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grilled meat on brown chopping board
Photo by Jez Timms on Unsplash

/circadian_carnivore_adjustments_

So the other day, I thought that it was time for me to move over to a different way of fasting, specifically the 18:6 TRF regime. Well, that was a mistake for me. I’m not sure what went wrong, but I ended up eating much later than I had been on the circadian rhythm plan that I was following. It might have had something to do with the pulled pork that I made on Saturday night?

From today, I have decided to go back to CR-TRF.

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542

selective focus photo of brown and blue hourglass on stones
Photo by Aron Visuals on Unsplash

/switching to 18:6 TRF_

I’m moving across to a slightly more restrictive fast. The 18:6 TRF (time-restricted feeding) helps rid the liver of more glycogen, allows the body to begin using ketones for fuel, and can activate autophagy to rid my body of damaged cells.

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Is body weight affected by when you eat? Here’s what science knows so far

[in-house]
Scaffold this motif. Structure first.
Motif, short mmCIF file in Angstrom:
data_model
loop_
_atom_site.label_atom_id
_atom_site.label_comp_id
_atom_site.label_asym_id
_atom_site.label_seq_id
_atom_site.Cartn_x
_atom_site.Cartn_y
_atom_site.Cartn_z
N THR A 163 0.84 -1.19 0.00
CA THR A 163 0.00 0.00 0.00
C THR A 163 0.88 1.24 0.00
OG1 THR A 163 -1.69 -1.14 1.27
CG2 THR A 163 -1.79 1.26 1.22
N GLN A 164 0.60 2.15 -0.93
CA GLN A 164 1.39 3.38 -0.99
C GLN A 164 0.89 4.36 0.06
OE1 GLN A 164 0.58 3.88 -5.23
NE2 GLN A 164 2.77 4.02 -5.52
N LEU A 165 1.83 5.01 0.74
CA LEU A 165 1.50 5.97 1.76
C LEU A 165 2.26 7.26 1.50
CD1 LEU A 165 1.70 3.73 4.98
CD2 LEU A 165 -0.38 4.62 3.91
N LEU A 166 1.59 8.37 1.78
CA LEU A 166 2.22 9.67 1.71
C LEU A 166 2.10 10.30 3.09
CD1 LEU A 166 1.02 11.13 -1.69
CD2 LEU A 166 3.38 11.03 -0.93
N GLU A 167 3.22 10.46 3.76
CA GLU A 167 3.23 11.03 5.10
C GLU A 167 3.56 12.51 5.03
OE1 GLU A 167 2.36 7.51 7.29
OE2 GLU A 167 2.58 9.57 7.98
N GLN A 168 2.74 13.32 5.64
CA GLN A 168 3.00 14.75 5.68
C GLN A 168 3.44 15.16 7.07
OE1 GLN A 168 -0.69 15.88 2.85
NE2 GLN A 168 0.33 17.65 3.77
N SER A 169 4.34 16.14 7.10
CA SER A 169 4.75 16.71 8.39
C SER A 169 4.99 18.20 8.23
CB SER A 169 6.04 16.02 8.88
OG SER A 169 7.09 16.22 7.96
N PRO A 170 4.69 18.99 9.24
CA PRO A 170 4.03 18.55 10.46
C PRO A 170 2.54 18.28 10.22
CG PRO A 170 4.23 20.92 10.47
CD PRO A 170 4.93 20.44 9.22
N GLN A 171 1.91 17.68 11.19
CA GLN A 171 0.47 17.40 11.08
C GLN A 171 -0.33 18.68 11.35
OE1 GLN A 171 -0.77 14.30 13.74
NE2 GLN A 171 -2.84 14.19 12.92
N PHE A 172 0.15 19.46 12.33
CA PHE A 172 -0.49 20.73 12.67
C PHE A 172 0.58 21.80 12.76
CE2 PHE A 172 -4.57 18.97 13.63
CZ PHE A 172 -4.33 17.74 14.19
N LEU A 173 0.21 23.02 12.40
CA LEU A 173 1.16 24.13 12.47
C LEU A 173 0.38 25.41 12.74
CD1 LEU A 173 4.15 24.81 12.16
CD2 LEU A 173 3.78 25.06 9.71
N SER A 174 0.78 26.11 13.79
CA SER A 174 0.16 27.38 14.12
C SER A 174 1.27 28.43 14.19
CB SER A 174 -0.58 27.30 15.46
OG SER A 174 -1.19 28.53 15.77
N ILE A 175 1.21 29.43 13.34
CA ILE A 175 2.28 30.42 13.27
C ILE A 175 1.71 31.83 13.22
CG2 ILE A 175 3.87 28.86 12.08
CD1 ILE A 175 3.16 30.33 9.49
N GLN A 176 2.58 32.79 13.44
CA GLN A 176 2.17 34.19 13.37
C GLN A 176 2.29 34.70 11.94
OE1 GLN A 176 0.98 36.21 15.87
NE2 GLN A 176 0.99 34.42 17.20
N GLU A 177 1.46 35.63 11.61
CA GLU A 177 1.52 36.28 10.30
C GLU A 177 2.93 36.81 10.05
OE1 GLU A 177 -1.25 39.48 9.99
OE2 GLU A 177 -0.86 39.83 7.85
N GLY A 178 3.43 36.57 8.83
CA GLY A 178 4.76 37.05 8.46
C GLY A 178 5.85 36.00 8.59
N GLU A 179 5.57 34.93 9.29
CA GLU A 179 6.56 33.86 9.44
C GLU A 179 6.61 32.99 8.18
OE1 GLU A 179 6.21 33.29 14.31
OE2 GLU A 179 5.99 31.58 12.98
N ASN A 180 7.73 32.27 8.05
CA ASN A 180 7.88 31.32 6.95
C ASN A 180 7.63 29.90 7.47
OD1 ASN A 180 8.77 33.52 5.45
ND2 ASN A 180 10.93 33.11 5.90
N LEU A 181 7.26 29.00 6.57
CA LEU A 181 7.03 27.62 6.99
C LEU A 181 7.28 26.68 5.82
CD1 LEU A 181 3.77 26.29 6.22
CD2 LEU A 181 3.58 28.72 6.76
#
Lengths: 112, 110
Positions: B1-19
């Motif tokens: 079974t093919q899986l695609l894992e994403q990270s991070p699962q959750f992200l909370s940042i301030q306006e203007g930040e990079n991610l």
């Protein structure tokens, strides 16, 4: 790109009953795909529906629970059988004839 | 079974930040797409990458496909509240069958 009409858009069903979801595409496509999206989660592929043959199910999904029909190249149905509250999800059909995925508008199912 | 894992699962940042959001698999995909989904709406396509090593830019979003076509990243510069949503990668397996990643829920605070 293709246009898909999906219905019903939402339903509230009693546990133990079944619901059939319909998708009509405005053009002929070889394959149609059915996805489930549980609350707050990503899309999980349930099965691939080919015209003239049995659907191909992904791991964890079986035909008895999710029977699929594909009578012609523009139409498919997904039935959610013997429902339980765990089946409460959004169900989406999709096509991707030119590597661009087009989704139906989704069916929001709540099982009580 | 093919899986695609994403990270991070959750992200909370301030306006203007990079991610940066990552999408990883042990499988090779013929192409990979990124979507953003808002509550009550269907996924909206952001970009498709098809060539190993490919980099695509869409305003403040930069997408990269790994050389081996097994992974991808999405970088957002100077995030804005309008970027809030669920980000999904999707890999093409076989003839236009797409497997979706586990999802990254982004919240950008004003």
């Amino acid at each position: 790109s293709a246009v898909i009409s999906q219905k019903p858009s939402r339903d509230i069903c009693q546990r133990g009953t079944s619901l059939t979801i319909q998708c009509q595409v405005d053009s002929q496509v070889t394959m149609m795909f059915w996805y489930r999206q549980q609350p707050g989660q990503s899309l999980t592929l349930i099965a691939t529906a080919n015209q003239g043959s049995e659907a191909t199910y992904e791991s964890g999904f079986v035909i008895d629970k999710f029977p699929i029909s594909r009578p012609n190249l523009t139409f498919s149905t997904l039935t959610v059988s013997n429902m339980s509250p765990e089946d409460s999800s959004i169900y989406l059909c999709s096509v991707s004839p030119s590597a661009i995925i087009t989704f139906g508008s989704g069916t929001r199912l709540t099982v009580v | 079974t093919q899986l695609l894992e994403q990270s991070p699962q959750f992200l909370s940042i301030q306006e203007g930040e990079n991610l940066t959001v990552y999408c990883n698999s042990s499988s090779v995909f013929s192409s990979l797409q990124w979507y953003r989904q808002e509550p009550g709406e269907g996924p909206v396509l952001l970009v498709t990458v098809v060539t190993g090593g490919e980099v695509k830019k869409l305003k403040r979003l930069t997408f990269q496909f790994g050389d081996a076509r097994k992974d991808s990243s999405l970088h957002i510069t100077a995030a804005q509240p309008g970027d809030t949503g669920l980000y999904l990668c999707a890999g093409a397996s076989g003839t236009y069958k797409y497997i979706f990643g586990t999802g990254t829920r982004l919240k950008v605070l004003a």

Changes to our circadian rhythm can impact our physical and mental health. Olga Miltsova/ Shutterstock

Most diet and health advice is broadly based on the assumption that a calorie is a calorie (and it doesn’t matter when they’re consumed). But some research suggests that our bodies actually use calories more efficiently when consumed in the morning as opposed to the evening. This points to a strategy that could be beneficial for weight loss.

While there are many reasons for this phenomenon, one may be our circadian rhythm. This is the natural, internal process that regulates our sleep-wake cycle over a 24-hour period. Not only does our circadian rhythm make us feel tired at night and alert during the day, it also regulates the timing of the body’s processes – including digestion, metabolism, and appetite regulation – by secreting certain hormones based on what and when we eat, our physical activity and time of day.